“Honestly is absolutely the best policy. Your everyday conversations are powerful. We take our temperature from the quality of conversations we have with people, and it doesn’t matter who it is or what medium is used to do it.
“Encouragement is also important, especially for youths today, who are the leaders of tomorrow, and it is how you encourage them to be the best they can be. It doesn’t mean you don’t correct them when you see things going wrong, but I do think people appreciate honesty.”
She also added that building relationships was important: family, romantic, business, friendships cannot happen with putting in the work.
Added to that was prioritisation, which was important to prevent burnout and stress, especially in today’s world, where everything that was routine and taken for granted has been uprooted, Lee Loy said.
“No matter what you are doing, those moments are precious. You have to build the family you want and the relationships you want.”
These concepts, Lee Loy said, were transferred to her staff and in the way she conducts her businesses, which has led to fruitfulness over the decades.
She pointed out that good leadership does not only come from making rules and delegating tasks but also adhering to those same rules and principles as the leader.
Mentoring young people, Lee Loy said, was similar to breathing for her, because it was through this avenue she was contributing to a good society, good people and brighter future for the country.
“The fundamental to mentoring is really trying to make them the best they can be, and this can only be achieved by speaking the truth. If you’re doing rubbish, then you will be told, and when you’re doing something good, you will also be told. Simple appreciation and praise and recognising that people are doing a good job is important.”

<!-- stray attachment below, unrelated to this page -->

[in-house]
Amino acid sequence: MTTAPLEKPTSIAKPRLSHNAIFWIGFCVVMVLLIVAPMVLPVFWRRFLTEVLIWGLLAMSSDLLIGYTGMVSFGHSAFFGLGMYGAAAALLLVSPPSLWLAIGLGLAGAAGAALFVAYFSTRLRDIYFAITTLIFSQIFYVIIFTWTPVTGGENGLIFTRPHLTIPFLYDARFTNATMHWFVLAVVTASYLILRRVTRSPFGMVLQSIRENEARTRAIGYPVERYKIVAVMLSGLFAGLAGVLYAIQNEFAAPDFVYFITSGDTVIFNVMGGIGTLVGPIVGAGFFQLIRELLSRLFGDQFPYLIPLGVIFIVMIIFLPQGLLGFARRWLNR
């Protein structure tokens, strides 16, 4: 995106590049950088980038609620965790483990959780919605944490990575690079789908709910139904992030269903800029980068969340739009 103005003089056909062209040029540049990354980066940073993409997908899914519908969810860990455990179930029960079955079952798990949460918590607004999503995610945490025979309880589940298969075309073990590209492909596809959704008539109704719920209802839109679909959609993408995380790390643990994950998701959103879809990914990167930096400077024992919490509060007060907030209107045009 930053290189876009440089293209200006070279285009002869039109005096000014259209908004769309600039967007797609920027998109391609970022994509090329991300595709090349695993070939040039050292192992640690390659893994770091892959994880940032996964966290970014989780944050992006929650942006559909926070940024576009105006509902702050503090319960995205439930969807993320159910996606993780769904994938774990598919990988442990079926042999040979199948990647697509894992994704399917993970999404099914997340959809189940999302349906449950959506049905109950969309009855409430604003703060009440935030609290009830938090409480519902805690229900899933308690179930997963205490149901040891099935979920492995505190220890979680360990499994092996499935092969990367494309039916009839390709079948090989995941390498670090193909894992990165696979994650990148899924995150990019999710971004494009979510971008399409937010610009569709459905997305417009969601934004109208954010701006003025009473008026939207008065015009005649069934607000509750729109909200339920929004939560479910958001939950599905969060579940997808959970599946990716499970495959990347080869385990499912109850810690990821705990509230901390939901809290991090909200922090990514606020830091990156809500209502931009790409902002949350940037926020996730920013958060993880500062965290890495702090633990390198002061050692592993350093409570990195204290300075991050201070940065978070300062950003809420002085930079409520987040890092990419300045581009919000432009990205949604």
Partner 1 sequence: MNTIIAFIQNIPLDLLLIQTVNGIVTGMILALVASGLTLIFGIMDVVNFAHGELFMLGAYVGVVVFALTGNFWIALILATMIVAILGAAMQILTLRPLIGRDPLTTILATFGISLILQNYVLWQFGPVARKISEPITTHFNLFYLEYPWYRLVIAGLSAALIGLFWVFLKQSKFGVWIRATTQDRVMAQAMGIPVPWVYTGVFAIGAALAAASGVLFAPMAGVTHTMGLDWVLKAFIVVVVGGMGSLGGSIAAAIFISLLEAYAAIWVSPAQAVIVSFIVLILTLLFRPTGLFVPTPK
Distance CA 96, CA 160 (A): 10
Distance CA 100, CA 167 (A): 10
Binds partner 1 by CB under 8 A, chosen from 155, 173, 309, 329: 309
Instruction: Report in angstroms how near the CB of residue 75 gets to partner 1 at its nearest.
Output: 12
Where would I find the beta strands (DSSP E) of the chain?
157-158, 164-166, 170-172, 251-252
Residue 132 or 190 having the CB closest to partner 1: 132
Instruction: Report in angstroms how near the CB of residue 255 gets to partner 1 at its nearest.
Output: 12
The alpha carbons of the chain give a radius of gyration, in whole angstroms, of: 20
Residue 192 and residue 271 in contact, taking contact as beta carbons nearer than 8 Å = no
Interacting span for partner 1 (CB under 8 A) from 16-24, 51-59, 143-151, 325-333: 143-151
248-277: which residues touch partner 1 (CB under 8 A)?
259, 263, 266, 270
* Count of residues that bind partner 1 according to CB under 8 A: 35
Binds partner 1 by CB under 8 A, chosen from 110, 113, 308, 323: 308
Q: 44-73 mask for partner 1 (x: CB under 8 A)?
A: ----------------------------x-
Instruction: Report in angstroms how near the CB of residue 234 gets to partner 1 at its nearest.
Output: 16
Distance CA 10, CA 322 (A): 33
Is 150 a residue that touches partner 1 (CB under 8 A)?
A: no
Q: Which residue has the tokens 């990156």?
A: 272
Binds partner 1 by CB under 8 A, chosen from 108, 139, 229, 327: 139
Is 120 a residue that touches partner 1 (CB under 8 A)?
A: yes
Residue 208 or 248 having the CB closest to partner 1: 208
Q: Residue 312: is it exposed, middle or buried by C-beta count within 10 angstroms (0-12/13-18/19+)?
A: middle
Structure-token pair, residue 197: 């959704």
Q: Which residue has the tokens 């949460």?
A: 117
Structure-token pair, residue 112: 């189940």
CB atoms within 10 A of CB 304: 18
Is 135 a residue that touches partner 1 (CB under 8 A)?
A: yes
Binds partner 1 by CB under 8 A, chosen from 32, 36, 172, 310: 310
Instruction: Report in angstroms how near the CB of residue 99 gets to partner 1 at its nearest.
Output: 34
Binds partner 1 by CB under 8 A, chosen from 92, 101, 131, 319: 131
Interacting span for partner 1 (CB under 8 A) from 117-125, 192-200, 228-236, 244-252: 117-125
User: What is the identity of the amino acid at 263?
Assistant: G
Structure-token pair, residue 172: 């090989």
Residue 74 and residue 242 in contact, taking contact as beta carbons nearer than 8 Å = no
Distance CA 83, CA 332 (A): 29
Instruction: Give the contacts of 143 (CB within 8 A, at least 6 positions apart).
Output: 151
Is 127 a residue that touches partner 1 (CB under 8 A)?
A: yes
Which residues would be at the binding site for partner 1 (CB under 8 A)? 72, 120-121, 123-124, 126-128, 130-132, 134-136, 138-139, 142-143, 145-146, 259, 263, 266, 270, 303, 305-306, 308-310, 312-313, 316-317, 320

Knowing your staff, Lee Loy said, not just in the work space but rather the things that make them tick, helped to maximise their potential and achieve success.
“It is about keeping in touch with what is going on – and always be happy for the betterment of an individual.”
As for operating during covid19, Lee Loy said it should not be used as an excuse by any employer or anyone to limit meaningful conversations and connections.
Finding innovative solutions to keep staff connected was critical, she emphasised, since many people have differing ranges of mental stress and managing private life with work.
“Covid19 limits certain things. What is so difficult in picking up the phone to talk to someone or a (Microsoft) teams meeting or zoom? It isn’t but we create barriers that aren’t really there.
“Being in touch with people is important. Work is work but have fun with your staff. The focus is play hard, work hard. You need to treat people the way you would like to be treated. People also need to be accountable.”
Lee Loy said the current work environment in TT has become volatile since the onset of the covid19 pandemic, but believes normality can be achieved if everyone exercises responsibility.
The Government recently announced that by mid-January, all public servants and employees of state agencies, including National Security, will be required to be vaccinated to go to work or else choose to stay home without pay.